If you are above 25, that means that you have most likely finished your studies already, been working for a while, or starting to work and interact with a lot of different people. You have more knowledge in people than those youngsters who you are matched within a game. Social skills are one of the most critical aspects of the current generation of games because you are playing in a team setting. You can use your skills to shot call, to negotiate better picks, to communicate more effectively, or not to get tilted so easily by stupid things. These are all essential things that we usually don’t consider as ‘skill,’ but they mean just as much as aim.

An undoubtedly important part of how skilled you can become is the amount of time you are spending to get better. Younger gamers usually have fewer life-commitments. Thus they can play for looong hours that is not easily doable for older players who juggle adult things as well. We get back to experience again, because if you already know how to hit all those flicks from Counter-Strike, you only need to re-learn part of it to apply it on Quake Champions or any other title, spending less time to become good in the given game. To wrap it up, we believe that you should stop blaming your age for your mistakes, and embrace them instead. Thinking like this gives you an opportunity to realize flaws in your game and will allow you to step on the path of improvement, even if you are in your seventies, grinding SR every day.

We are going to continue with the professional level, but we would like to ask you to pause the video now and tell us about how you feel about this topic in a comment below. We will get back to you! Alright, buckle up guys.

The last topic is the age in professional esports. We want to give you a bit of historical overview before dealing with the questions here. You see, we gamers are part of a continuously developing and maturing phenomenon, that is esports. It transforms and grows year-by-year.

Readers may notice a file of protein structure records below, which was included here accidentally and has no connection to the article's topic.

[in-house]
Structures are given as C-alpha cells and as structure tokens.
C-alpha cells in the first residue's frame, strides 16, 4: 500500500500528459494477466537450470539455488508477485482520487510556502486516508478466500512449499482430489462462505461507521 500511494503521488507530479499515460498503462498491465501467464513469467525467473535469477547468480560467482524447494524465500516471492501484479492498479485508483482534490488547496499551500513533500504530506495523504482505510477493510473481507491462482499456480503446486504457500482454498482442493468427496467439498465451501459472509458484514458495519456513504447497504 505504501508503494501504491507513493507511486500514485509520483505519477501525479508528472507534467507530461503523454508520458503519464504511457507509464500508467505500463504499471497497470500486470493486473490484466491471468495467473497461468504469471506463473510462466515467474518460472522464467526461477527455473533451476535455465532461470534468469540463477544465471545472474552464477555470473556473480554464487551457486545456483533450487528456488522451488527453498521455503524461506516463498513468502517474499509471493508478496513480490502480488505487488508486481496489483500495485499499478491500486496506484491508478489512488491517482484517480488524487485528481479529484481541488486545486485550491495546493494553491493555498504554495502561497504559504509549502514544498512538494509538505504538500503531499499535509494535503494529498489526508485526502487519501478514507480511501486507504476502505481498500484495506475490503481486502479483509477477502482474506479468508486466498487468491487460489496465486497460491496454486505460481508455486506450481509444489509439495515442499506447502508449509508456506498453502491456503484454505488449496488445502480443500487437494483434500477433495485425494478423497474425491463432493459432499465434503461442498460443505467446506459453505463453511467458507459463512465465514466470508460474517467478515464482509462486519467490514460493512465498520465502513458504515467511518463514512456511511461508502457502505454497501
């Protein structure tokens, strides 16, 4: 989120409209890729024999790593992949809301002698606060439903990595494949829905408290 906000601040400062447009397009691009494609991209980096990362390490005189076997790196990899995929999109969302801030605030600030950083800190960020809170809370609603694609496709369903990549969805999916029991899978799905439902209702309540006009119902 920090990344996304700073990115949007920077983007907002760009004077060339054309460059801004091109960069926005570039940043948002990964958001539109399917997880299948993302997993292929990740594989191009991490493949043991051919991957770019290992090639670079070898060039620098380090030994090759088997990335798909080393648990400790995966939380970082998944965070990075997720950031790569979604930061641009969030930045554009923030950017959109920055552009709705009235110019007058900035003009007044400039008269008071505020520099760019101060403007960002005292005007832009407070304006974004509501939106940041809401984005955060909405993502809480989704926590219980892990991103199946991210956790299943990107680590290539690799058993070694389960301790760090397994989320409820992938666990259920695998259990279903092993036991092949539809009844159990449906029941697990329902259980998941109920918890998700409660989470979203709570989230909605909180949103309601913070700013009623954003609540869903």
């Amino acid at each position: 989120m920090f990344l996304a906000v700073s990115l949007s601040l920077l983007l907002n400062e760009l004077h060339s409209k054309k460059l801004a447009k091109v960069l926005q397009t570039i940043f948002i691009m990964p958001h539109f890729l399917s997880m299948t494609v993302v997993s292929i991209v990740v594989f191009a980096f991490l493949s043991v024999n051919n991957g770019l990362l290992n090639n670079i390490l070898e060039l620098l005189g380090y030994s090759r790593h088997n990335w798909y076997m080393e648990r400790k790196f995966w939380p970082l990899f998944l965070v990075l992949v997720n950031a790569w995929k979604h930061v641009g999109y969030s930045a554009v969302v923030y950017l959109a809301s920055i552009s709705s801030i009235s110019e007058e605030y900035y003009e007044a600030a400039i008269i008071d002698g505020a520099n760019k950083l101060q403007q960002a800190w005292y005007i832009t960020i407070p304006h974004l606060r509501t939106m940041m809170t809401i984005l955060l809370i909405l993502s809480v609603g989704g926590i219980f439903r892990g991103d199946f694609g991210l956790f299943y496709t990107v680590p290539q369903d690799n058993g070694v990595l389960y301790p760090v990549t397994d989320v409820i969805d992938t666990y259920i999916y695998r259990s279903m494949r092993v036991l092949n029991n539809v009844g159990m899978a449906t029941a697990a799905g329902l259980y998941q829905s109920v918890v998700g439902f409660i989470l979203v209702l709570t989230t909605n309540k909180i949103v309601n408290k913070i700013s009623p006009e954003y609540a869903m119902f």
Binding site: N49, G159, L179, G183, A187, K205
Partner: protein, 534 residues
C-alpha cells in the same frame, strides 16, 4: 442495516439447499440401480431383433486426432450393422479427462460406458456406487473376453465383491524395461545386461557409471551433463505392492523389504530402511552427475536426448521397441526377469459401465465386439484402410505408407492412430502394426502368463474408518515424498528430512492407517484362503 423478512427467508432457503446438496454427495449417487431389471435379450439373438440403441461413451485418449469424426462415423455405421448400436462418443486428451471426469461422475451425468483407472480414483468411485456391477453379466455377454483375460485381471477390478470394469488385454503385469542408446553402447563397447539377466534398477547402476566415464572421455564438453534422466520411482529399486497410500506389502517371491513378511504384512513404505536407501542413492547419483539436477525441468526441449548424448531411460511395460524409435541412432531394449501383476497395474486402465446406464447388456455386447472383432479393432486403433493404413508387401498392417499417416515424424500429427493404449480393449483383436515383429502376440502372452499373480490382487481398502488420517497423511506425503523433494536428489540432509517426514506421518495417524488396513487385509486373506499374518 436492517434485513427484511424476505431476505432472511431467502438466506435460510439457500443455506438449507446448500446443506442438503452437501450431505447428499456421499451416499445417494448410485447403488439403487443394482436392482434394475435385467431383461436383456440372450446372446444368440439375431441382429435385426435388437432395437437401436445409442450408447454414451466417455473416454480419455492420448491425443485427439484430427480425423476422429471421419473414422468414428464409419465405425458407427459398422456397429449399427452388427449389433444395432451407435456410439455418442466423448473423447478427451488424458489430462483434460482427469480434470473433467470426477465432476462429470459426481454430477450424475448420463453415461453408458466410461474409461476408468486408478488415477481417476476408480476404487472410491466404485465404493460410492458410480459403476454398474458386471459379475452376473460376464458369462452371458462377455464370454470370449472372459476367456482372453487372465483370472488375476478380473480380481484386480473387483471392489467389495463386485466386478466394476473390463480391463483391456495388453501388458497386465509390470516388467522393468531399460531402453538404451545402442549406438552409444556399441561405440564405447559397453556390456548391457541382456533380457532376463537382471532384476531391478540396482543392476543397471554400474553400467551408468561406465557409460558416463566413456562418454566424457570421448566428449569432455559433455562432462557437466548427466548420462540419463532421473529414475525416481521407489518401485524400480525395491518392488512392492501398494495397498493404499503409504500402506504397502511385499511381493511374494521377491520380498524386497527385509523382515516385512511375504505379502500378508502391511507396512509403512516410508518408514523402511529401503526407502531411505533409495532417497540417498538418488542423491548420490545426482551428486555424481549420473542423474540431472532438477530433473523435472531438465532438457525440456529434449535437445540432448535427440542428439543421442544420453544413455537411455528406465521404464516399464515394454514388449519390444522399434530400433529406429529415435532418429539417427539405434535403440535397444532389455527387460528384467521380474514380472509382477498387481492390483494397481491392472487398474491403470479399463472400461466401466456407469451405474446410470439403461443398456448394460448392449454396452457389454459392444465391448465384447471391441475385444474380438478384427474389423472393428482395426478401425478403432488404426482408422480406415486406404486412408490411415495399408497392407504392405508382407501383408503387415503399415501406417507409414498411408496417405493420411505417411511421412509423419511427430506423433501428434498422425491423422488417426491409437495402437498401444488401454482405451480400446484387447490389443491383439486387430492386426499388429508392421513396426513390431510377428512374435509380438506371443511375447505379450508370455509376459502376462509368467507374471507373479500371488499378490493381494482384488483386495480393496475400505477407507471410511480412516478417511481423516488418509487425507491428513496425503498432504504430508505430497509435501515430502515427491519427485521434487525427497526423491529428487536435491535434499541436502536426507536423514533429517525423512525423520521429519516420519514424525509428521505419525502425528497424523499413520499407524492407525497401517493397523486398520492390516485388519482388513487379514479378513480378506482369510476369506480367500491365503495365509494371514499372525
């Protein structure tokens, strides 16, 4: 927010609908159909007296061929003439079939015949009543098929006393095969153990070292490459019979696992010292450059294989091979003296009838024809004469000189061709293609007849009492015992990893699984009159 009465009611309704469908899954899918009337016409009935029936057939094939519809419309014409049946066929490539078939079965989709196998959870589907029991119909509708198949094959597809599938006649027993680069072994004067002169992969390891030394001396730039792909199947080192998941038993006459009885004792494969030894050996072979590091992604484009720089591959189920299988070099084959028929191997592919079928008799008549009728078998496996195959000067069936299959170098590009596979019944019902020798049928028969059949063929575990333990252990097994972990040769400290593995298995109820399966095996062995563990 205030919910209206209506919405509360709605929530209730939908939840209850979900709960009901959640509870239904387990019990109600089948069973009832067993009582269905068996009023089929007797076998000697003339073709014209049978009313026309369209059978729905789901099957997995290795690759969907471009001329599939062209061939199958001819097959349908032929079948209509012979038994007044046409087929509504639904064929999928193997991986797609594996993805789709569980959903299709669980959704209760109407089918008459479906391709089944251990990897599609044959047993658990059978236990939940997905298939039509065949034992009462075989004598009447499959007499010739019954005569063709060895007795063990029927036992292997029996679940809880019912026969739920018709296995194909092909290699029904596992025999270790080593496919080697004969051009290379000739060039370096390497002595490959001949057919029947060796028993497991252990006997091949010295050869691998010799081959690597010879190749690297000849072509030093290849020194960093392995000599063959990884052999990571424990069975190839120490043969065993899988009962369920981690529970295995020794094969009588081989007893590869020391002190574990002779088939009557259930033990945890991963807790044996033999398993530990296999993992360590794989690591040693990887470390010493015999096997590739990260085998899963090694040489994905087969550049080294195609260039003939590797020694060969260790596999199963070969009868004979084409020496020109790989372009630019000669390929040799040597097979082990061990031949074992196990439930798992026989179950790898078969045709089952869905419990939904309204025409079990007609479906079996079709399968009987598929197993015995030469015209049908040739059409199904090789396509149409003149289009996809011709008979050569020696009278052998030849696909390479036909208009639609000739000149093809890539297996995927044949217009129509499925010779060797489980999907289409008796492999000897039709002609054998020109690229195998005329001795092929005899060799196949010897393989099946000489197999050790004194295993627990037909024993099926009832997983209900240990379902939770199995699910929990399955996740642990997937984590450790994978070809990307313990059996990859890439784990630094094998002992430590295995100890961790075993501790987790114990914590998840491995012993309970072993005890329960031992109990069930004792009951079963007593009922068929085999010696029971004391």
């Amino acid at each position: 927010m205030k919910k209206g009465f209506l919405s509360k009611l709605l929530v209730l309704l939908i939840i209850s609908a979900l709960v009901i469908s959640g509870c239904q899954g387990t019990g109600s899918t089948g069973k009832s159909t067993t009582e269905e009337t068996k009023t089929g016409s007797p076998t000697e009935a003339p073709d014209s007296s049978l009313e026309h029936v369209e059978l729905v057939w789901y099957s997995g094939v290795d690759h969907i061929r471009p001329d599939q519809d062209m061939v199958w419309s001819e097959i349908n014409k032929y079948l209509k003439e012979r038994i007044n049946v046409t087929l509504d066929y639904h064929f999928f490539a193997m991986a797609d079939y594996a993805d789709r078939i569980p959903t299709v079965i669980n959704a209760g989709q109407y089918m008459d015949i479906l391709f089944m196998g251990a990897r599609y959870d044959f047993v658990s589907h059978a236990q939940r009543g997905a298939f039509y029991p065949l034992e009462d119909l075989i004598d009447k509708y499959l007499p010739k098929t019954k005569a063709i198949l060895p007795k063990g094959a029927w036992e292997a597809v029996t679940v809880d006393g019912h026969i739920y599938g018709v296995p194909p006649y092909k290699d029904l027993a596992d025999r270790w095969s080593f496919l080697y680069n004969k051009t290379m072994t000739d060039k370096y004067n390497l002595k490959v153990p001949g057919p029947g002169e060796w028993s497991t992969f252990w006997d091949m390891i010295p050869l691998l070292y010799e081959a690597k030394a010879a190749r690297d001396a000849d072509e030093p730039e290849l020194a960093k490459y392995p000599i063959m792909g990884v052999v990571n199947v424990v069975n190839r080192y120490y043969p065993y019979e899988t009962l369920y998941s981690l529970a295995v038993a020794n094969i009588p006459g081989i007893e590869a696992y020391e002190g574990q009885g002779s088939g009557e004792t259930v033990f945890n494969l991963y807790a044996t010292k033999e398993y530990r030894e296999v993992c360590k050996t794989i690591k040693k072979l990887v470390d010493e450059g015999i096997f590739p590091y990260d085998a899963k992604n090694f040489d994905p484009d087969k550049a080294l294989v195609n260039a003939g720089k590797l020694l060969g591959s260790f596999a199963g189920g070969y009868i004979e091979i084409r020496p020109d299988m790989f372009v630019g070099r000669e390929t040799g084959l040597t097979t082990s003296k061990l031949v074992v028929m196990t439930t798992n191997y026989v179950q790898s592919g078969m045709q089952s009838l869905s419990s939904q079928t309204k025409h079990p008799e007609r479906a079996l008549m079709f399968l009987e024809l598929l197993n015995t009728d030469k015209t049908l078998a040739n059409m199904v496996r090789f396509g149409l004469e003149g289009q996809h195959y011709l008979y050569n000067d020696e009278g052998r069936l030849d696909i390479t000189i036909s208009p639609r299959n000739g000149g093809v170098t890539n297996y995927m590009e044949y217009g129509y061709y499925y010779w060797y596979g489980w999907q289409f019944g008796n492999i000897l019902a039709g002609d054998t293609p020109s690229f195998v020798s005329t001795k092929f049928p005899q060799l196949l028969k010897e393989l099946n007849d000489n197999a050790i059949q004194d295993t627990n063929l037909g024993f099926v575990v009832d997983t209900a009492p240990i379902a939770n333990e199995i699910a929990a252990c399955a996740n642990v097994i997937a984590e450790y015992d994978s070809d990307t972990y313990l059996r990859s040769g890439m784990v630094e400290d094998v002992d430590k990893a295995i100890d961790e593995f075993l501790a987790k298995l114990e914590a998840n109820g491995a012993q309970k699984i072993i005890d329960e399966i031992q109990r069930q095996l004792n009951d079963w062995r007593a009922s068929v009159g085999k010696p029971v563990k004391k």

When the very early competitive gaming titles like Quake and Starcraft came out, we only had a handful of professional players, as the esports scene was still small. At that time, it was common for someone to play in their late teens and retire at in the early twenties. This was because esports wasn’t as big as it is now, and it did not offer a lot of opportunities to players to sustain themselves only by playing.

Gamer payrolls were not yet a common thing; streaming was non-existent, so you had to solely rely on sponsorship and occasional competition prizes, which are kind of unreliable. Players mainly stuck with the game, started drilling and quit when the scene switched to another title. This has changed a lot, games are more frequently released, and there are a plethora of opportunities that you can choose from, even if the game you were playing is starting to fade away.

A good player can become a good player in another title, decide to become a coach or an analyst for the game they were playing or for a new game where it is possible to utilize all the experience that was gained so far in other titles. There are some melee games, where the reigning champion is around forty, and some games, where top-level players can be as young as fourteen years old. There are not a lot of professionals above 25 because gaming on a professional level is a hard job, and they start early and burn out, or just quit because they don’t see the chance to compete anymore. A lot of players retire nowadays for a few years then pop back again in the pro scene.

This can be witnessed in Starcraft II for example. Professional players are under a lot of stress. Esports is still young.

Teams are usually not handling negative aspects of professional gaming that well. Organizations may also be biased towards young competitors, because they are more energized, more eager to compete, and so on. We believe that this will gradually change as time passes, and as esport matures.